Fire and Gas Detection: Avoid the Traps!

13 April, 2021 | Blog

Sébastien Grégoire, P.Eng.

Engineer

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For processes using combustible or toxic materials, it is important to include a fire and gas detection system that will  act effectively in the event of a leak or ignition. There are several technologies and design methods available, each with their own advantages and disadvantages. To make an informed choice from among the many technologies and design methods, it is important to understand the fundamental principles and to identify the risks to mitigate.

This article will outline the key elements for a successful design and point out some traps to avoid.

Fundamental principles

Generally, fire and gas detectors must be installed where a hazardous atmosphere (combustible or toxic) is likely to occur and could result in fire, explosion or poisoning of personnel. To be able to qualify or quantify the probability of a hazardous atmosphere, it is necessary to analyze several elements such as the:

  • chemical properties of the substances used
  • potential leak points of the equipment
  • process pressures and temperatures
  • density of the gases
  • conditions of natural or forced ventilation

Trap # 1: Fire and gas detection designs are typically led by automation engineers when the fundamentals are based on chemistry, process and ventilation. Be sure to involve process and ventilation disciplines.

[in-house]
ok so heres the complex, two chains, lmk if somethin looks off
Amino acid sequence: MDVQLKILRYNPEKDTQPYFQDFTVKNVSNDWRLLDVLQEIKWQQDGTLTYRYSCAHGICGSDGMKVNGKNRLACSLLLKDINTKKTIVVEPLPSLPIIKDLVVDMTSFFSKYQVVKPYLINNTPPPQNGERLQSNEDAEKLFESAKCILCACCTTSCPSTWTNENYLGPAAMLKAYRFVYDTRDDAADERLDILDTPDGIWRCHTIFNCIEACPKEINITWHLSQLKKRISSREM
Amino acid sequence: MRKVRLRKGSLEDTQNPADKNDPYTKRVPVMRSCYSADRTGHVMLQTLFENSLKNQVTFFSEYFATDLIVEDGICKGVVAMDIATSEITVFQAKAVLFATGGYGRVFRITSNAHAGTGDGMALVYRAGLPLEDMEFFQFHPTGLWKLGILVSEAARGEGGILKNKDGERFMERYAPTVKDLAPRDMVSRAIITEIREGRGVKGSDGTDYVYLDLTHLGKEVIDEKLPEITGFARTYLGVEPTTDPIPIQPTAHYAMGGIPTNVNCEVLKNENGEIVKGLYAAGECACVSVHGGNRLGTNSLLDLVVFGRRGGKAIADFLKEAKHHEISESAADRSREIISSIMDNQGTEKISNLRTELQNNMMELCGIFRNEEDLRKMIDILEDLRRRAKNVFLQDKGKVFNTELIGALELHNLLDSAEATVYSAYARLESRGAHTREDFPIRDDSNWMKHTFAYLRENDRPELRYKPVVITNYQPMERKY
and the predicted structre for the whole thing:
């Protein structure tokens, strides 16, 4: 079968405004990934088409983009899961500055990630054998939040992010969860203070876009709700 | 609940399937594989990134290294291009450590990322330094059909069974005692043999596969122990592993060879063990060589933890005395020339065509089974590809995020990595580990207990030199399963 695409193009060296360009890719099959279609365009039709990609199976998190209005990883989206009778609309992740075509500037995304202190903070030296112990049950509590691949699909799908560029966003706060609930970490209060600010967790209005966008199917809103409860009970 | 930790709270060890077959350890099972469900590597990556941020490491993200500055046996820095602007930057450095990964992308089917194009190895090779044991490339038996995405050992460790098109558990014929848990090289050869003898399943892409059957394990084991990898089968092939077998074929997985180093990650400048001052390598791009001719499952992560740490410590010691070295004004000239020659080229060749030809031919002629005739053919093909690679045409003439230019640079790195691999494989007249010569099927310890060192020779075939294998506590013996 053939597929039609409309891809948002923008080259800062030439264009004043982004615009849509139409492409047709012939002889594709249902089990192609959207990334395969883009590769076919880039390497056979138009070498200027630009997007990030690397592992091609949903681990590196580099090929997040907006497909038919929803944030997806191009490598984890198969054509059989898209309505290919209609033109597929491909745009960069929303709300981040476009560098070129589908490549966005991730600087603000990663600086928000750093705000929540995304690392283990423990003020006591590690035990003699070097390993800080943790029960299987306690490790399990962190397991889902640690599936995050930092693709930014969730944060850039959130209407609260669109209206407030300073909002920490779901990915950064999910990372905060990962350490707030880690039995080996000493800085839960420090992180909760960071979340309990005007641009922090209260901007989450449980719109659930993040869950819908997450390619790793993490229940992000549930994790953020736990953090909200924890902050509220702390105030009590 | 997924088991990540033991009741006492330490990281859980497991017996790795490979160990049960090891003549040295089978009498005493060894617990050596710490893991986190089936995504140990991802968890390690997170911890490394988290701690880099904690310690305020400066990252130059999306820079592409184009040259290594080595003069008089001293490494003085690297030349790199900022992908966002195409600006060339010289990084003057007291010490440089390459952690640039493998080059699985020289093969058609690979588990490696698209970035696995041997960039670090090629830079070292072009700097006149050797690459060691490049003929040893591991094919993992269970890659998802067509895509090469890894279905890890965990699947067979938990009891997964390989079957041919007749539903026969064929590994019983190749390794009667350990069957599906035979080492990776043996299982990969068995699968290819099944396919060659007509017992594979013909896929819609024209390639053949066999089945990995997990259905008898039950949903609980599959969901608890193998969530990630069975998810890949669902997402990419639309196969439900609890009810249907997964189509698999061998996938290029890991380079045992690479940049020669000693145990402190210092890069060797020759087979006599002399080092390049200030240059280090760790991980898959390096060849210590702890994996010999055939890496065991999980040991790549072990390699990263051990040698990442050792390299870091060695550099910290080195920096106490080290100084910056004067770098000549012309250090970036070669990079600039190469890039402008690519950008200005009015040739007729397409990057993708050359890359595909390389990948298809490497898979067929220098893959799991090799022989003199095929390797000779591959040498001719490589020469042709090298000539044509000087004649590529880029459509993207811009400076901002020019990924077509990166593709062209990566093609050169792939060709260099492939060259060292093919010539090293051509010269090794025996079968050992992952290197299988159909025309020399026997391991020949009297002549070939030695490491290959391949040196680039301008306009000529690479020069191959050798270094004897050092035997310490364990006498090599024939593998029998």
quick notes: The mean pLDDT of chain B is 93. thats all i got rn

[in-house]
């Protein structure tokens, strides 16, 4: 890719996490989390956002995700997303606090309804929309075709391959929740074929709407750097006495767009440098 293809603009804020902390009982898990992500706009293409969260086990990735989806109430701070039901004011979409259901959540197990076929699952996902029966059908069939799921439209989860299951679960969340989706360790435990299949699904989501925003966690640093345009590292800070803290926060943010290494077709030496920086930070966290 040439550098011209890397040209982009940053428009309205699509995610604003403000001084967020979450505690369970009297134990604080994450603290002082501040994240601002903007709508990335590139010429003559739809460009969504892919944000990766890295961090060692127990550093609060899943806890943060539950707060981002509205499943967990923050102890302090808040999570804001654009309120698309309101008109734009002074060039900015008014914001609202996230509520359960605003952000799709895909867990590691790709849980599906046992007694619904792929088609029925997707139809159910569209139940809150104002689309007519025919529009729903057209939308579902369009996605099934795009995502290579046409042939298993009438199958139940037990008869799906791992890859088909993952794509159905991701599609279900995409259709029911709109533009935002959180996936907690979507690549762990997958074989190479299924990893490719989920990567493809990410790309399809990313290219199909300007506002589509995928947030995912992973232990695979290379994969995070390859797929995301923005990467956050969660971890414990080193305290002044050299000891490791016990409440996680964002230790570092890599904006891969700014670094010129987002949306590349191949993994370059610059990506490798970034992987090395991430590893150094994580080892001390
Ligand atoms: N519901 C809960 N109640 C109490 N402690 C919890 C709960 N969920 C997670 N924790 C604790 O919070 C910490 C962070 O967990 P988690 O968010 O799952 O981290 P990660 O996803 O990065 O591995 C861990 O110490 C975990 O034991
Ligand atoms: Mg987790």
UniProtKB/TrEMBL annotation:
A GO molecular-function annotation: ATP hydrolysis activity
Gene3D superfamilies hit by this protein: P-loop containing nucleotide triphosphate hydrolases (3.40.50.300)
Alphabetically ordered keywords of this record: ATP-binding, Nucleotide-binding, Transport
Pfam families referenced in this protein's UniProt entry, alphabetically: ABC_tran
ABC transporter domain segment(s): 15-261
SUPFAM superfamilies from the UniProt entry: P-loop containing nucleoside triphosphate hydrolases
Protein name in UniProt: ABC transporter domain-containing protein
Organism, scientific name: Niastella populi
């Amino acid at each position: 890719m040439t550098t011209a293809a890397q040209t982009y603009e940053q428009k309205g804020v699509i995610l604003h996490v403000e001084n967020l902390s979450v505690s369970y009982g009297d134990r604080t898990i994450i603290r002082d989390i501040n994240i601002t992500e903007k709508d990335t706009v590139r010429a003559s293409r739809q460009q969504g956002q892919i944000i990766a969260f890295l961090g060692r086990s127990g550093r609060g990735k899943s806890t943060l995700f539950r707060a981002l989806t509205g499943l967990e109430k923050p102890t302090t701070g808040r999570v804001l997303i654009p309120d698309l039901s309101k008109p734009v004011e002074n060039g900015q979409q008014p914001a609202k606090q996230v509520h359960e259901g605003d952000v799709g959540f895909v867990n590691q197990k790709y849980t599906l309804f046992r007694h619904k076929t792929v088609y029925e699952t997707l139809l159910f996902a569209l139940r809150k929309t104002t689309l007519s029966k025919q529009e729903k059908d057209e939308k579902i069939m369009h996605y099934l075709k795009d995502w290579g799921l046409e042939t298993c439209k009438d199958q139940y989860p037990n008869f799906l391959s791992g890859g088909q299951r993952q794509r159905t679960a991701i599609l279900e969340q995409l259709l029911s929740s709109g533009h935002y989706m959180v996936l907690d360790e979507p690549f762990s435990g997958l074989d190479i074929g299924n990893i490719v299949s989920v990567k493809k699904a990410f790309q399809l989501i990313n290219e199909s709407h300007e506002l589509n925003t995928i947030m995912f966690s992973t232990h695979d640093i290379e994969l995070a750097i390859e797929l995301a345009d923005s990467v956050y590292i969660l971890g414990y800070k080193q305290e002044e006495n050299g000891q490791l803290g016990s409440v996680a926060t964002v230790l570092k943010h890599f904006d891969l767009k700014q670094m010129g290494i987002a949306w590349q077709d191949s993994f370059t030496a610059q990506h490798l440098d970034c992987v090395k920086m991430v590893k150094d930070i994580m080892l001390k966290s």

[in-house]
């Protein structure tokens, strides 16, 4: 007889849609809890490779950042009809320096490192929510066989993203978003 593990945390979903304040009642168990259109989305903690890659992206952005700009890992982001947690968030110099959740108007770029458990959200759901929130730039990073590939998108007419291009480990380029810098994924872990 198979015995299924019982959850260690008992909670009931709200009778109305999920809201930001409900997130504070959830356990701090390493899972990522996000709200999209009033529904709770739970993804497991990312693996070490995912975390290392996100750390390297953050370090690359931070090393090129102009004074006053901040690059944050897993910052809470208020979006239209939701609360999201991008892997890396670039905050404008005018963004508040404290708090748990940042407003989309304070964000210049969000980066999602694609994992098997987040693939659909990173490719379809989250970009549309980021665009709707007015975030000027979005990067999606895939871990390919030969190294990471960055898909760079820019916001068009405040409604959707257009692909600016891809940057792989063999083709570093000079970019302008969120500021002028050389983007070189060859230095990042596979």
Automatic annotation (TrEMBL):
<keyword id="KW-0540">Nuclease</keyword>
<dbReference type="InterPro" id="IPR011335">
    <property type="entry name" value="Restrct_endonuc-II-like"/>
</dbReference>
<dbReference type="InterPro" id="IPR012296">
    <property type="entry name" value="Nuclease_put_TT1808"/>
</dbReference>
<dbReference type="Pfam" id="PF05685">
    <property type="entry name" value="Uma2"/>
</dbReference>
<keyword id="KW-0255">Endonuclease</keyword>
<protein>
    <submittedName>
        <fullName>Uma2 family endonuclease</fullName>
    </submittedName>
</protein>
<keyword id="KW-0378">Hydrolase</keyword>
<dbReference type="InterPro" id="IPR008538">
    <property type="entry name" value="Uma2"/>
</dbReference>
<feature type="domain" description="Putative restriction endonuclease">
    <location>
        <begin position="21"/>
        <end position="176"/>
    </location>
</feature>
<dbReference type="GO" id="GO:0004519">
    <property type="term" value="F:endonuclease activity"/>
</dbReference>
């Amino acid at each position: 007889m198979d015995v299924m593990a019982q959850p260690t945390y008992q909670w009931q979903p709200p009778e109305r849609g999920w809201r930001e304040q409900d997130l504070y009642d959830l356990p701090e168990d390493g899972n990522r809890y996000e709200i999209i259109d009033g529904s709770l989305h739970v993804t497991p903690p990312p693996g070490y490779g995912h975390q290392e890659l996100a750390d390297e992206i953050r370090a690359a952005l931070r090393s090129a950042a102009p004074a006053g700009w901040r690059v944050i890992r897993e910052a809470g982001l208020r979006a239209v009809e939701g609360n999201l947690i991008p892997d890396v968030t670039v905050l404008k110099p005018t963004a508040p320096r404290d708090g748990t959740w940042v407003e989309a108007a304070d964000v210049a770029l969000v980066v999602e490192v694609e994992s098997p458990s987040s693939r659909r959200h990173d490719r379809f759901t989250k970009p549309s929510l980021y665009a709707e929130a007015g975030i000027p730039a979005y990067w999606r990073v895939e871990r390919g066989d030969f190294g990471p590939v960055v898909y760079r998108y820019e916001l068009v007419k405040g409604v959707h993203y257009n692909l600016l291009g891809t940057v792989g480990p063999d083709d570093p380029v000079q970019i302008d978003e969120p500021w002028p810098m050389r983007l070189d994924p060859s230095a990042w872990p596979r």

Applicable laws and standards

There are several laws and standards that vary in applicability depending on the industry and the type of process. Over the years, big oil companies have developed their own standards, which often exceed legal requirements. For smaller companies, in the biofuels field for example, the rules are not as well defined and budgets are tighter. In all cases, it is important to qualify the consequences of a gas leak or fire for people’s health and safety (occupation level) and to assess the potential damage to nearby equipment and buildings.

Trap # 2: Misinterpretation of laws and standards could lead to non-compliant designs with additional risks or costs.

Design methods

There are two main design philosophies. The first is the prescriptive method, which is mainly based on good industry practice and experience. With this method, we often reuse typical examples, and we follow (at minimum) the rules established under the NFPA 72. The analysis of risks, process and ventilation is rather qualitative, and few calculations are made. This method is less expensive in terms of design but does not establish detection system performance.

The second design philosophy is a performance-based method. To take full advantage of this method, the risks and their probabilities must first be provided for in the process hazards analysis. Several factors must be considered such as occupancy, leak probability, congestion levels, ventilation and ignition risks. The objective is to calculate the risk reduction factor, which drives the performance requirement of the fire and gas detection system. This method requires specialized software and is more expensive in terms of design. However, it can better assess the type, quantity and location of detectors required to achieve target performance. In other words, this method confirms that the performance of the detection system reduces the probability of the risk to an acceptable level.